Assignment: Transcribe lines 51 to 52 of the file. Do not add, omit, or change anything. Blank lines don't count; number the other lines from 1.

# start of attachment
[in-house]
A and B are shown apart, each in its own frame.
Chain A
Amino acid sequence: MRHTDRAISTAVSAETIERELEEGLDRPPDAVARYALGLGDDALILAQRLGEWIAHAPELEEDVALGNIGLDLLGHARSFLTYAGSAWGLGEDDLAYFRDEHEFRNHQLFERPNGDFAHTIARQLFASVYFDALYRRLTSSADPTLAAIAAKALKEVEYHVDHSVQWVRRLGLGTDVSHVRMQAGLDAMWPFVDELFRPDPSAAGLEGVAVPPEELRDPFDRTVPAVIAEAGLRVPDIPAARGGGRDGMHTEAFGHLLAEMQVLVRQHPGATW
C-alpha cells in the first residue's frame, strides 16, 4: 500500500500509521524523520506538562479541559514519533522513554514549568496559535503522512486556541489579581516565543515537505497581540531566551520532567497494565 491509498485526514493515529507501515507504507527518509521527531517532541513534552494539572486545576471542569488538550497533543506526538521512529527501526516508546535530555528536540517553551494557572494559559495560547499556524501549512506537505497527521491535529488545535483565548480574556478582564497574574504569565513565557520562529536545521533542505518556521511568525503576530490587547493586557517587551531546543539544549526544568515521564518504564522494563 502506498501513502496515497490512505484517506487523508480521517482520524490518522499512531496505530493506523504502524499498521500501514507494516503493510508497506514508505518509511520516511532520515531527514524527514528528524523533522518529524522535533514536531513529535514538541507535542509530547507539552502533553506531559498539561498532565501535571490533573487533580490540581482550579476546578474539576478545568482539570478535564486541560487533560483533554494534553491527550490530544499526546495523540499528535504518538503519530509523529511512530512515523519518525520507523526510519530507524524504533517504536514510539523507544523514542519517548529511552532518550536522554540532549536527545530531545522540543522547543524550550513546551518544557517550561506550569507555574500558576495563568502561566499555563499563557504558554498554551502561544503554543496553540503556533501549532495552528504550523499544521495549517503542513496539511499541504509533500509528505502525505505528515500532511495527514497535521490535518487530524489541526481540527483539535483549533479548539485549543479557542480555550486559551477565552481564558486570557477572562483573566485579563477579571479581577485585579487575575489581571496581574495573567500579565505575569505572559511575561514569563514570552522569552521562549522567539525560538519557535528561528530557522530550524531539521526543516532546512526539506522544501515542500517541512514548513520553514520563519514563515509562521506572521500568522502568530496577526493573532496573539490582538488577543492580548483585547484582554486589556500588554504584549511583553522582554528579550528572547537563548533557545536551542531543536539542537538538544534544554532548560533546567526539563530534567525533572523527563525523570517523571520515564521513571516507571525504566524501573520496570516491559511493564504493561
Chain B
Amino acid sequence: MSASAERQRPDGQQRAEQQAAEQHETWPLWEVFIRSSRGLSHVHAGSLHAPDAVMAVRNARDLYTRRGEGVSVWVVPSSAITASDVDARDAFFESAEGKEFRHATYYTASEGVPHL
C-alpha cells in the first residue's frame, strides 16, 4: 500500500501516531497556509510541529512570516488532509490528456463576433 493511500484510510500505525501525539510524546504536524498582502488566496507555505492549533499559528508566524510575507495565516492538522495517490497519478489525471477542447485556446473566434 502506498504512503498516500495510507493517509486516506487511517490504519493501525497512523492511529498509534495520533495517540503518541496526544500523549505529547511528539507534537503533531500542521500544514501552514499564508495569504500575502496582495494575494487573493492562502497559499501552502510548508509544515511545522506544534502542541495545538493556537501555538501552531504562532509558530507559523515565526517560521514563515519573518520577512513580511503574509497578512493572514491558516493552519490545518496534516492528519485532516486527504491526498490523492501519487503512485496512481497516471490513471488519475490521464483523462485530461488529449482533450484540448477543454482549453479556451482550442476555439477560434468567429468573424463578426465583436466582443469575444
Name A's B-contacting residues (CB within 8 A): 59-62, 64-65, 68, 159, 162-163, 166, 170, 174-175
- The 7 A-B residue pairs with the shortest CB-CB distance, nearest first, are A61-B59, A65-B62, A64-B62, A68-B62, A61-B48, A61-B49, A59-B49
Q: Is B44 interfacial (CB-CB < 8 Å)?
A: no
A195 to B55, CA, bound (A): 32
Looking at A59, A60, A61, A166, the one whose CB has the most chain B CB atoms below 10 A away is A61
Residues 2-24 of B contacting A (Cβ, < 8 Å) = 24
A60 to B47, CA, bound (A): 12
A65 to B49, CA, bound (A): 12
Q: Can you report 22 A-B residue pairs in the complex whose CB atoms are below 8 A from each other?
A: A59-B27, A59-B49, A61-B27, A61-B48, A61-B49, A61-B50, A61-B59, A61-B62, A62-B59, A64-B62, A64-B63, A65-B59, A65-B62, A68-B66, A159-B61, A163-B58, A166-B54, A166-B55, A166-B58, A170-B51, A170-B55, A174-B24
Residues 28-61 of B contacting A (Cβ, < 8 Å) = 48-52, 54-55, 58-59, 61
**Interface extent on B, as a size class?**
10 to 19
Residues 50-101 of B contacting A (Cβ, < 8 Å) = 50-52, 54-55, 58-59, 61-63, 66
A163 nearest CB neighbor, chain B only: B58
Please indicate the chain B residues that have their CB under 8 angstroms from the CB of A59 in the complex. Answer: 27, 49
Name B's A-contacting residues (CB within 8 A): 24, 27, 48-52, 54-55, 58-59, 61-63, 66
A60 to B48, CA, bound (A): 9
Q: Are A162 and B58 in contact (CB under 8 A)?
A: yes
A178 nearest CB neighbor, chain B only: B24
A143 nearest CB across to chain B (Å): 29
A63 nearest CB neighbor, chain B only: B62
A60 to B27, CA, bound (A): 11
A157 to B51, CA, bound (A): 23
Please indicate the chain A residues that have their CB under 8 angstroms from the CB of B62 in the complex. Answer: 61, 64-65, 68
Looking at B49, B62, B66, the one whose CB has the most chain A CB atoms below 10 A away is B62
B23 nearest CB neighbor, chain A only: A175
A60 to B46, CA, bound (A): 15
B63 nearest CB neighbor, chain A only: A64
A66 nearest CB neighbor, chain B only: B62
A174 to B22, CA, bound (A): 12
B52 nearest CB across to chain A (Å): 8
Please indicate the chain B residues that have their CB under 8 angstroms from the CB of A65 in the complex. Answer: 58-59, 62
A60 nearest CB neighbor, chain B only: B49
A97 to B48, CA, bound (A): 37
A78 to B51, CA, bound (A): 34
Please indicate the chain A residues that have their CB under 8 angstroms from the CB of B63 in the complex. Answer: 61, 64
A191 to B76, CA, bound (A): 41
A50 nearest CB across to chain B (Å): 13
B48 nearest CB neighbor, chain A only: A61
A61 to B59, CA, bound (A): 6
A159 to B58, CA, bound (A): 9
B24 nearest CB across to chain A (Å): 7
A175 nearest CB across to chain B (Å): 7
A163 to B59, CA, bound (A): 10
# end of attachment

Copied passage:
A61 to B59, CA, bound (A): 6
A159 to B58, CA, bound (A): 9